The one good thing about working from home in the COVID-19 pandemic time is that at least you will be free from the risks of being sexually harassed at work, right? Think again. Sexual harassment is no longer happening in the physical work place these days. They exist in digital communication mediums, from messenger apps, social media to webinars. This is the result of a research by the Never Okay Project, an initiative to eradicate sexual harassment in collaboration with Southeast Asia Freedom of Expression Network (SAFEnet).
Titled “#NewAbnormal Sexual Harassment Situation in the Working World during Work From Home (WFH)”, the research was held on April 6-19, 2020 involving 403 respondents. Some of the findings are: 62 percent of the respondents received sexual jokes, 34 percent were sent sexual content (photos, videos, audio, texts, stickers) without consent, 29 percent received comments (insults or negative critique) about their= body shape, and 25 percent were sexually seduced without consent.
Sexual harassment during WFH occurs in various ways, because during this time workers use more than one medium of communication technology. This makes 78 percent of the victims were harassed through between two and seven communication technologies in a month of WFH.
Ellen Kusuma from SAFEnet said the increased use digital communication technology during WFH have changed people’s behavior when it comes to communicating.
“For example, some people feel the need to make jokes with their co-workers. People tend to behave themselves more in person, but online it’s different. (Sexual jokes without the consent of both sides) can be categorized as gender-based online violence,” said Ellen in a discussion about the research recently.
“In the working world, communication technology is commonly used to work with plenty of people at once. If this technology then becomes the place where sexual harassment occurs the most for workers, then the culture of neglecting and normalizing in the form of harassment remains powerful,” she said.
Imbalanced power relations
According to this research, 56 percent of sexual harassment is committed by bosses or senior co-workers. This illustrates the impact of imbalanced power relations, whether between job positions or even in between genders, that occur in the working world.
According to the Never Okay Project initiator, Alvin Nicola, power relation affects one’s vulnerability when experiencing sexual harassment at work: “The majority of victims were in the relationship status as contract forces, interns, and staff. We did not find any entrepreneurs who have been victims.”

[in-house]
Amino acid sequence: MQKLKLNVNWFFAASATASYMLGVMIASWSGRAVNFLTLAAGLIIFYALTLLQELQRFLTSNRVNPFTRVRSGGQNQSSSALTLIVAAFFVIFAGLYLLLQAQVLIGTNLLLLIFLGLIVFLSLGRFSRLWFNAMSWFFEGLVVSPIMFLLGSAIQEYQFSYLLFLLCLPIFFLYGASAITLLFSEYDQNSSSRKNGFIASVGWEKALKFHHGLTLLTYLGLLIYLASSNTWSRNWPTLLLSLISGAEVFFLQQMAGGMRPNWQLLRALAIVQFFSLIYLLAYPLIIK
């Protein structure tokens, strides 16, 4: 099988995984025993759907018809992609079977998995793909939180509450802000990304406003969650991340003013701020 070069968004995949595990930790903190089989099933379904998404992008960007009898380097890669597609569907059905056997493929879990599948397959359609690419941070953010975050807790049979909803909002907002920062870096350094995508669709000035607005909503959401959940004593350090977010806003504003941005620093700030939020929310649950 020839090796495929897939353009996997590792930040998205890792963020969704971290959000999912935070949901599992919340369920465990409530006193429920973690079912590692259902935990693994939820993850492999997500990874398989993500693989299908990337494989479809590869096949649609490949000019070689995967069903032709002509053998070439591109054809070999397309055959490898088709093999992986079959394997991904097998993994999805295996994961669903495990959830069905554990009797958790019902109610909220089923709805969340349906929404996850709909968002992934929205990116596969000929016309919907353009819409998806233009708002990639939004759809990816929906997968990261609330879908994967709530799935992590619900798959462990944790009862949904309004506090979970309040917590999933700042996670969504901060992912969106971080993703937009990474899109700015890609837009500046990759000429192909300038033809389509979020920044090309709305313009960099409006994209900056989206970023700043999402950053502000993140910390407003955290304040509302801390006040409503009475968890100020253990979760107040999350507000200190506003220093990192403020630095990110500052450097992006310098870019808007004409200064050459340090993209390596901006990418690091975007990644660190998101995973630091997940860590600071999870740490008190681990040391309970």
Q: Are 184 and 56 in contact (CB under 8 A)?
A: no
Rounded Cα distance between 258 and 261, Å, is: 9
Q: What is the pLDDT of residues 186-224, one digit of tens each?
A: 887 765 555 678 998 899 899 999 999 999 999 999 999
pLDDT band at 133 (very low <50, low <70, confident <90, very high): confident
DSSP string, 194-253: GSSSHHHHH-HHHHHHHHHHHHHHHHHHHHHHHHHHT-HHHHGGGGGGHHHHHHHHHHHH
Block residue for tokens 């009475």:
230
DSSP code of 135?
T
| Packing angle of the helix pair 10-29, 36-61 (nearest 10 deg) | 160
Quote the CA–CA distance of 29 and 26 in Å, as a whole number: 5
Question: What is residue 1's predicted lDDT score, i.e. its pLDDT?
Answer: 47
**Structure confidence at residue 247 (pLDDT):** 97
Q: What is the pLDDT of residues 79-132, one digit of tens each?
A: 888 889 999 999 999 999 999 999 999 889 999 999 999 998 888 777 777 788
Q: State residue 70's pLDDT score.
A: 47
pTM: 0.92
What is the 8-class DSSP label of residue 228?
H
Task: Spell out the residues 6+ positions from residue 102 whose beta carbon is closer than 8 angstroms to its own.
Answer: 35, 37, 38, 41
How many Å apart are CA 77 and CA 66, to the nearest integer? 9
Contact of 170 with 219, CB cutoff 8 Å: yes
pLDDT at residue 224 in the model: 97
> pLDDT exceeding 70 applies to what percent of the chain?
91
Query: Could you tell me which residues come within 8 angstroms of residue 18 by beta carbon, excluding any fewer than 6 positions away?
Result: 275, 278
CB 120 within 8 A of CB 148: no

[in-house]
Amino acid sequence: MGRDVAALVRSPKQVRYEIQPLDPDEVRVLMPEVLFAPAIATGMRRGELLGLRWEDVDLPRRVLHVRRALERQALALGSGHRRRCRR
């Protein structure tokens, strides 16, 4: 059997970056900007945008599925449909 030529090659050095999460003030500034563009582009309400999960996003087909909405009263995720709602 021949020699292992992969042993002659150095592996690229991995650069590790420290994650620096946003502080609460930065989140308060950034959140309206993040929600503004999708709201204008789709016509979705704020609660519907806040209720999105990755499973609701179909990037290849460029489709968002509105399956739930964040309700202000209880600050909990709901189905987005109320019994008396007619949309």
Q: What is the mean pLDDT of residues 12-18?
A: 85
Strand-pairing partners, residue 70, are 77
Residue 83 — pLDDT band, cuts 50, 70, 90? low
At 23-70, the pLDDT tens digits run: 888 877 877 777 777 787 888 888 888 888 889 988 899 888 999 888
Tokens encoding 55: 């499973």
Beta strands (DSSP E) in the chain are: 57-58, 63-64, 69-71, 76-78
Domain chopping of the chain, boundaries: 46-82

That fact is also worsened by fact that most companies lack a standard operating procedure or regulations to handle sexual harassment cases. The research shows that only 15 percent of companies corporations already have anti-sexual harassment regulations. The lack of priority on preventing sexual is the reason why employees have minimal trust in their companies when they become sexual harassment victims.
As much as 94 percent of sexual harassment victims don’t report to their company’s human resources development for several reasons. Thirty-eight percent feel the HRD wouldn’t act upon the case, 35 percent worry their career might be affected by the complaint, 27 percent of the victims are worried no one in their companies would believe them, and 24 percent said they are afraid they might be blamed for it.
The respondents stated their wishes related to sexual harassment during WFH: strict sanctions for perpetrators (76 percent), availability of a hotline for sexual harassment case complaints (67 percent), and a mechanism for clear and directed reporting (66 percent). These three things could be accommodated if the companies make clear regulations to manage the issue of sexual harassment.
Women’s rights activist Valentina Sagala said sexual harassment is such a distinct case that contains multiple dimensions and variables within it. Because of that, companies need to create distinctive mechanisms and regulations that are separated from other matters, including HRD, she said.
“Asides from a clear reporting mechanism, there should be tools or well-trained people capable of stating firmly who the perpetrator is and who the victim is. They should receive training so that they have the confidence to determine a sexual harassment and give the sanctions,” said Valentina, writer of the book 100 Tanya Jawab Seputar Kekerasan dan Pelecehan Berbasis Gender di Dunia Kerja (100 Questions and Answers Around Gender-Based Violence and Harassment in the Working World).
“The mechanism has to be distinctive. It wouldn’t be good if it’s only given to the HRD, especially if the perpetrator comes from the HRD department. There needs to be a new way,” she added.
The challenge is, said Valentina, that there hasn’t been a clear definition of the term sexual harassment itself. But work place can refer to three indicators: Gender-based or done solely due to gender identity, instead of their social or financial status; attacks the dignity of the victim; and related to body and sexual desires.
Ellen from SAFENet said now is the momentum for companies to create a better working environment in preventing and handling sexual harassment. The results of this research have proved that sexual harassment can happen anytime and anywhere, even in situations when co-workers don’t meet face-to-face at work.
“Don’t let this (sexual harassment during WFH) happen and allow it to be in the long run. When someone commits sexual harassment, they have done something abnormal,” said Ellen.
If you or someone you know need help to get out of domestic or online violence, contact Komnas Perempuan at 021-3903963 or [email protected]); or Lembaga Bantuan Hukum Asosiasi Perempuan Indonesia untuk Keadilan (LBH APIK at 021-87797289, WA: 0813-8882-2669, and [email protected]). Click the complete list of all service institutions/organizations here.